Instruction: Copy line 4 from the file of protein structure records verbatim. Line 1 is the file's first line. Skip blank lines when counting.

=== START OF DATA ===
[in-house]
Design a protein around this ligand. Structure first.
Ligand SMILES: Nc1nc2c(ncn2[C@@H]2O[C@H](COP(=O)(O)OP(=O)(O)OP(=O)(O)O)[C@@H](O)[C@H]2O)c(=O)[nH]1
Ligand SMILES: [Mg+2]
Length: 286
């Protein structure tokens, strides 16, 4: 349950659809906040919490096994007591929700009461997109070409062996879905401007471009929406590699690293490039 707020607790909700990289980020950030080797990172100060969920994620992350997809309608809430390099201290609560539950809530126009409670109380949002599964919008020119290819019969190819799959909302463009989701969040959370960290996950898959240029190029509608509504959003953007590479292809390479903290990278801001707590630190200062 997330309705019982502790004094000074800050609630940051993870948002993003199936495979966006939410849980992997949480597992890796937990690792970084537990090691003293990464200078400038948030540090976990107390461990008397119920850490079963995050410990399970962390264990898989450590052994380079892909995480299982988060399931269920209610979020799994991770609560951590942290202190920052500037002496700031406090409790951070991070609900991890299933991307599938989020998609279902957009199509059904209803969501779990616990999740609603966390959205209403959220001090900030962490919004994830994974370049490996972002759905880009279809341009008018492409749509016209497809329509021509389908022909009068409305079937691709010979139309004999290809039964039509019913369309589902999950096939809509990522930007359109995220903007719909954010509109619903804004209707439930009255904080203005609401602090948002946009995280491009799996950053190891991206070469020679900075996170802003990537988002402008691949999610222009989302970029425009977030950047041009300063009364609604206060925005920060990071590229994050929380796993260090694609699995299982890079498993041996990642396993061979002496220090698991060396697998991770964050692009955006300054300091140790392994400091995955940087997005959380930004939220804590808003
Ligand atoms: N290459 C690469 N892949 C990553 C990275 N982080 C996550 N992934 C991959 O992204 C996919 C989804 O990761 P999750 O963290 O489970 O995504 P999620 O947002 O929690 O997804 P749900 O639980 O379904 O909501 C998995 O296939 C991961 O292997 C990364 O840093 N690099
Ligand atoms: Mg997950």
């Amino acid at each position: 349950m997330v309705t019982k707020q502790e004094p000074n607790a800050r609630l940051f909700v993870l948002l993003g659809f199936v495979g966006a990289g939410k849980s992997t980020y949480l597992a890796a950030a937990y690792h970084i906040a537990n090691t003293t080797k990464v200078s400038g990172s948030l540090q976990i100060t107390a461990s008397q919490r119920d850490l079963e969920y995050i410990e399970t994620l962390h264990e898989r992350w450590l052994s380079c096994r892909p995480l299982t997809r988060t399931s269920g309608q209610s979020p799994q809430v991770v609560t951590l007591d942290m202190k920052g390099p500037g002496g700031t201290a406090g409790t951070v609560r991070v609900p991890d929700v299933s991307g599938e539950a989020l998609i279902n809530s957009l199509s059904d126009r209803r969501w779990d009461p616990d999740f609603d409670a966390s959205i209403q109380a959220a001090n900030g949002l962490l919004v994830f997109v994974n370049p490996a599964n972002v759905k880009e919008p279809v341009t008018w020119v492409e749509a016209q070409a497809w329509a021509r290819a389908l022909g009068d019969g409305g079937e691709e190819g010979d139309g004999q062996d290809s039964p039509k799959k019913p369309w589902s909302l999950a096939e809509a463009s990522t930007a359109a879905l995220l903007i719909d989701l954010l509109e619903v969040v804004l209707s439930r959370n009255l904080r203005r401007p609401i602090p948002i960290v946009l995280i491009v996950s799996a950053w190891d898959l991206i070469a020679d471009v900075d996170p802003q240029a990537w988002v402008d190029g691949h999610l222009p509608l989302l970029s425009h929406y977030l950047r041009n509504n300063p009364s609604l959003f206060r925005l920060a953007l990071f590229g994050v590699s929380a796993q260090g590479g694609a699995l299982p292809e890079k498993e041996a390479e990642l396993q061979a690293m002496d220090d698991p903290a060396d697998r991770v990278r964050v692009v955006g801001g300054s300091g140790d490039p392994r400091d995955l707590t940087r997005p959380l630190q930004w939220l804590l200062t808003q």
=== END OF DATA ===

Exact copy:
Ligand SMILES: [Mg+2]